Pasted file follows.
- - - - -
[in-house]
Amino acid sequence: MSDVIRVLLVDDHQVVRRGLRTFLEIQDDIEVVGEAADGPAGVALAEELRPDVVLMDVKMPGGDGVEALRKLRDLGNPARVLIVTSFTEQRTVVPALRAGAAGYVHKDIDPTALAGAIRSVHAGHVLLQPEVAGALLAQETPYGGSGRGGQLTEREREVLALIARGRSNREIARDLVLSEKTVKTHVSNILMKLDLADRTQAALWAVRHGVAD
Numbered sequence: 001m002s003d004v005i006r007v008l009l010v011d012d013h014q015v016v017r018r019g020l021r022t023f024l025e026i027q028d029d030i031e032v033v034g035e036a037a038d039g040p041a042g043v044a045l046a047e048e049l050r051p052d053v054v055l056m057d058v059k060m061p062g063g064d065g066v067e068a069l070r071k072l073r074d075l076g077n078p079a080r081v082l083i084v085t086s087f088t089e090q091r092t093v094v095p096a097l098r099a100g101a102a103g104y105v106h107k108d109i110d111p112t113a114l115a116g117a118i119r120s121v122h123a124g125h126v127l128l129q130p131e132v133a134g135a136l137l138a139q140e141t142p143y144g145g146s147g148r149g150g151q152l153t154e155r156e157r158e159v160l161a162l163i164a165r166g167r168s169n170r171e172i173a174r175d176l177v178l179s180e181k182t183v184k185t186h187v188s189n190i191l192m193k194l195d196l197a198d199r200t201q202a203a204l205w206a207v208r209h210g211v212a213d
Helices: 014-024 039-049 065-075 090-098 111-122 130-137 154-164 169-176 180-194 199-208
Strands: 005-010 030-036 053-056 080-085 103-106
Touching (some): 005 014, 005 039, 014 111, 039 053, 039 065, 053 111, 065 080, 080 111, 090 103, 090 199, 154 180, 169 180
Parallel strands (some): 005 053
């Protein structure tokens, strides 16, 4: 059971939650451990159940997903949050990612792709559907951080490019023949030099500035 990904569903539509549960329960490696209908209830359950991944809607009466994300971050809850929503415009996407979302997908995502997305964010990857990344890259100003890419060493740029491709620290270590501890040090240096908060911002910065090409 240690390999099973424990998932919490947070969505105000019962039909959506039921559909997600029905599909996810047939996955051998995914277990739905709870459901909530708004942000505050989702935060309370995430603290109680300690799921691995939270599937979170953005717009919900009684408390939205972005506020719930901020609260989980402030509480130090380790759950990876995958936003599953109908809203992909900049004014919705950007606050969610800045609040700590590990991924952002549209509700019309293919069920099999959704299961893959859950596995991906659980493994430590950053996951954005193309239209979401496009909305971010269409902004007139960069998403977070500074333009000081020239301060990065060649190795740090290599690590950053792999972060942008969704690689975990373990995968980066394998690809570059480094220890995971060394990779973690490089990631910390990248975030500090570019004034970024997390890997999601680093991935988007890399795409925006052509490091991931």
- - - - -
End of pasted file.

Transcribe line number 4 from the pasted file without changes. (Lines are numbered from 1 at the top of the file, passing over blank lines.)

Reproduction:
Helices: 014-024 039-049 065-075 090-098 111-122 130-137 154-164 169-176 180-194 199-208